WUOMFM

Arts & Culture

Arts and culture

Today on Stateside, a pipeline safety expert says the latest Line 5 controversy is about lack of trust and transparency. And, we hear venison recipes and cooking tips from the chef of Traverse City's Trattoria Stella.

John Grigaitis

David Kiley of Encore Michigan joined Stateside to talk about a few of the latest theater productions happening around the state. 

HarperCollins, 2017

A music lover can likely pinpoint the moment a song or a lyric crashes its way into your young consciousness. And then things are never the same.

For writer Daniel Wolff, that moment happened in 1965, when he first heard Bob Dylan.

TradingCardsNPS / Wisconsin Historical Society WHi-3957 / FLICKR - HTTP://J.MP/1SPGCL0

You've probably heard of the Trail of Tears, when more than 4,000 Native American men, women, and children died in a series of forced removals from their homeland in the Southeastern U.S. to present-day Oklahoma. They were members of the Cherokee, Seminole, Muscogee, Chickasaw, and Choctaw nations.

But there was another Trail of Tears much closer to us. It's the Sandy Lake Tragedy of 1850. Hundreds of Ojibwe people died as the U.S. government tricked them into leaving their homes in the Upper Great Lakes and traveling to northern Minnesota. 

It's known as the Chippewa Trail of Tears, and the Wisconsin Death March.

Chef Myles Anton
Trattoria Stella

November 15th is the start of firearm hunting season in Michigan, which runs until the 30th. That got us wondering about the best ways to cook and serve venison.

Myles Anton is the executive chef and owner of Trattoria Stella in Traverse City. He spoke with Stateside’s Cynthia Canty about his favorite methods for preparing venison.

Wikicommons

What is the best way to keep a soldier’s morale up? This was a serious question for government officials during World War II.

America’s soldiers were experiencing the most traumatic events of their lives, away from their families and surrounded by the horrors of war.

Officials concluded that perhaps the best way to keep soldiers happy was the power of music.

Lester Graham / Michigan Radio

The Cheers! team, Tammy Coxen of Tammy’s Tastings and Lester Graham, found a distiller serving up a cocktail with a spirit made with all Michigan ingredients.

Courtesy of the Howe Family

Imagine being a little kid, driving home late at night with your dad.

You drop off to sleep, more or less, but you're awake enough to feel your dad scoop you up, carry you into the house, and gently tuck you into bed.

Now imagine that dad is NHL legend Gordie Howe, and he's tucking you in just a short time after he thrilled thousands of Detroit Red Wings fans cheering for Mr. Hockey at Olympia Stadium.

David James Swanson

Michigan singer-songwriter Joshua Davis released a new studio album, The Way Back Home, on Oct. 13.

The album comes some two and a half years after NBC’s The Voice introduced the rest of America to Davis, who had already built a strong fan base throughout his home state.

Davis joined Stateside to talk about his music and his inspirations.

Courtesy of Andrew Cohn

A Detroit-based hip-hop artist is the subject of a new documentary film released on Apple Music. 

Danny Brown: Live at the Majestic follows Brown’s life and visits with him on tour. 

Stateside host Lester Graham spoke with the film's director Andrew Cohn, who is also from Michigan.

This week, John Sinkevics introduces us to three new albums coming out in November. Sinkevics is the editor and publisher of Local Spins, which covers west Michigan’s music scene. 

Bigfoot Buffalo, The Sun is the Moon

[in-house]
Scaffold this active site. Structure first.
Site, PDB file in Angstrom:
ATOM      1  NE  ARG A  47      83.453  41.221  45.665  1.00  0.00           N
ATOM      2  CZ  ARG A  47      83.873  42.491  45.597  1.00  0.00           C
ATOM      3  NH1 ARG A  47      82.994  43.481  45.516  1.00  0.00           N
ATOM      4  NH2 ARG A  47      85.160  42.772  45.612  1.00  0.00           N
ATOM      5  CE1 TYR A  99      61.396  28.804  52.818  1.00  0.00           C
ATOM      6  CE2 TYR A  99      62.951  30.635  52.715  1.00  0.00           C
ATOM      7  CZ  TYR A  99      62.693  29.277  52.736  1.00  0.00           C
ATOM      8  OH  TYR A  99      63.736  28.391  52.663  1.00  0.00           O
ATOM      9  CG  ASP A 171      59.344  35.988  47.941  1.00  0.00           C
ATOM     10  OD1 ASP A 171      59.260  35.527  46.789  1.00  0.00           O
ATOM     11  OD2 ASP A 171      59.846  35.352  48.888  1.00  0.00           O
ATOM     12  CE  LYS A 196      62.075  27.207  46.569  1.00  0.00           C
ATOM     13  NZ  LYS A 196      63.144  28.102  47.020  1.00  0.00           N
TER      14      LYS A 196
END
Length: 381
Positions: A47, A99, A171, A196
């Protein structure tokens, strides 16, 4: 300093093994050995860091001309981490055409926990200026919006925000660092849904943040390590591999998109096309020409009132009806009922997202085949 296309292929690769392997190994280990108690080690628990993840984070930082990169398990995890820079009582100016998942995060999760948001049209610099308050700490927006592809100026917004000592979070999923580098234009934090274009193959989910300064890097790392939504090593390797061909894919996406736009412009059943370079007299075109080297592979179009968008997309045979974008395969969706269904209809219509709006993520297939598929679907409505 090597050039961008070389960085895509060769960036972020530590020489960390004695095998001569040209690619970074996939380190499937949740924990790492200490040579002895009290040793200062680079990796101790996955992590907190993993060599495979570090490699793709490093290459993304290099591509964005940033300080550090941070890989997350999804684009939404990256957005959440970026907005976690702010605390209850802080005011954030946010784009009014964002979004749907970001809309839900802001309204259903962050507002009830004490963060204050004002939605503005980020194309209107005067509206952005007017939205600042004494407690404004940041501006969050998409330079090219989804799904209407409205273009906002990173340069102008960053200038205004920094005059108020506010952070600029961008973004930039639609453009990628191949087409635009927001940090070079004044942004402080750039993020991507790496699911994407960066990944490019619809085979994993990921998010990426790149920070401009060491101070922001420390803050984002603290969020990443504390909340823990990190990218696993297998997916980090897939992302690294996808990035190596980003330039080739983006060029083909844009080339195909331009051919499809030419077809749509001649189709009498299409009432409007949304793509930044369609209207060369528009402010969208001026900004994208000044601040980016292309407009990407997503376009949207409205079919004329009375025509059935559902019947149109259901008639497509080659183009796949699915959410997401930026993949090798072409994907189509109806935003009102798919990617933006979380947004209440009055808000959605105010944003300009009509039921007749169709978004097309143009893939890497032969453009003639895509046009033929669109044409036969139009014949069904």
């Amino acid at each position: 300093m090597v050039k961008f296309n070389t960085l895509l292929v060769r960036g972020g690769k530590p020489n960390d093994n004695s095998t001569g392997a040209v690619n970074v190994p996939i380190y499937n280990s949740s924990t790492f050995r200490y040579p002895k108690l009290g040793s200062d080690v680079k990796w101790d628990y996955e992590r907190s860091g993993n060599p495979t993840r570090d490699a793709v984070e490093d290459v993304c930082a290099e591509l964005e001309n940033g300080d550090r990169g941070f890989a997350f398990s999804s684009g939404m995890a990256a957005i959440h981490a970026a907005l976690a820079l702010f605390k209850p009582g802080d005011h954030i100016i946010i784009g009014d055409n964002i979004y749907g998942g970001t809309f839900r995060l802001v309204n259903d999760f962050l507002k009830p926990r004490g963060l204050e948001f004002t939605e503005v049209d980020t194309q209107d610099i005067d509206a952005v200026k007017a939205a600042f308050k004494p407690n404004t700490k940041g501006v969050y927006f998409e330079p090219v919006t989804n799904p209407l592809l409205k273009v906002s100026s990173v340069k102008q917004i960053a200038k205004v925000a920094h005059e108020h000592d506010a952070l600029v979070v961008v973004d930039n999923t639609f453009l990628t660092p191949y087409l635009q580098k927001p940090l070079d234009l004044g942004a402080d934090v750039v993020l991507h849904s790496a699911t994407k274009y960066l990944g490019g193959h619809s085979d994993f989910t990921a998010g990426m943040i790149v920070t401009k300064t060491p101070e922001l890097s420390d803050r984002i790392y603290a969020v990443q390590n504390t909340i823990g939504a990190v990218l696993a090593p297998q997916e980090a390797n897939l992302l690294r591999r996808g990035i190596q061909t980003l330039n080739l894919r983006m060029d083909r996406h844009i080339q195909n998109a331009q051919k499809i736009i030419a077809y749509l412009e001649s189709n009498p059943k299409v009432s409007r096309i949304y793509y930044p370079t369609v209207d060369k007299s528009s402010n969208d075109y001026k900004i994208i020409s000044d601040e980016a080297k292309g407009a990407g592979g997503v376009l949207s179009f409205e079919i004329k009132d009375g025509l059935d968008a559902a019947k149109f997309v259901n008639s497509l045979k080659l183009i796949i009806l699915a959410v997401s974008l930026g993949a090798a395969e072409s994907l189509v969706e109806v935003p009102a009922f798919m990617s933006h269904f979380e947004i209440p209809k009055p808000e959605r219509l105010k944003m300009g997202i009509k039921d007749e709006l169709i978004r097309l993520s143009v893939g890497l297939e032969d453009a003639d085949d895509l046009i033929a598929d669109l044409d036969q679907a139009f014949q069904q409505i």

Singer-guitarist Kyle Brown is the frontman and chief songwriter for this Grand Rapids-based roots rock band that’s been inspired by the likes of The Grateful Dead, The Allman Brothers, and The Band.

Claire Bryan / Michigan Radio

Typically, when you think of soul food you don’t think vegan. You think meat, cheese and butter. But, can BBQ soul food be vegan? Many might say that is only an oxymoron. 

Local Detroiters Kirsten Ussery and Erika Boyd are challenging the soul-food norm with their restaurant Detroit Vegan Soul. The pair opened doors three years ago in an effort to make a plant-based diet accessible to everyone. Just last month, they opened a second location across the city.

NSA

We're about to mark the 100th anniversary of one of the greatest maritime disasters: the Halifax Explosion, when two ships collided in Halifax Harbour.

The resulting explosion was the biggest man-made blast prior to the atomic bomb. Some 2,000 people were killed, and many thousands more were injured.

Yet, this cataclysmic event is largely forgotten — at least on the U.S. side of our border with Canada.

Jodi Westrick / Michigan Radio

We travel the state to talk to people who make beautiful and useful things. We call the series “Artisans of Michigan.”

We’re visiting with Ed Fedewa. He plays the bass in the Lansing Symphony Orchestra. He also plays in jazz ensembles and repairs bass instruments for players from all over. But that’s not why we’re at his house, we wanted to talk to him about the double bass he built.

One word or two? That's the question.

At least, that's the question a listener named Nancy posed to us this week. She wanted to know when "into" should be written as one word, and when it should be two. 

Nancy isn't the only one around here who's experienced grief over this everyday grammar quandary.

Suffice to say, we were happy to dig into this one. 

"Into" has a few meanings, but it basically indicates movement or direction. It can mean "toward the inside of" as in "she walked into the classroom." It can also mean "in the direction of" such as "I turned into the wind."

When you're trying to figure out whether "into" should be two words, the first question you should ask yourself is whether a phrasal verb is present. In other words, is the "in" part of the verb as opposed to being a preposition? 

Think about "turn in," as in what you would do with an essay:  "I turned my essay in to the teacher yesterday." 

steve carmody / Michigan Radio

Thousands of used, clear plastic water bottles collected in Flint will be worn by runway models in New York next spring.

Recycling water bottles has been an issue in Flint since the city’s lead tainted drinking water crisis.

Conceptual artist Mel Chin and a fashion designer, Detroit native Tracy Reese, are working with the Queens Museum in New York City to recycle water bottles from Flint into fabric for raincoats, swimwear and other clothes.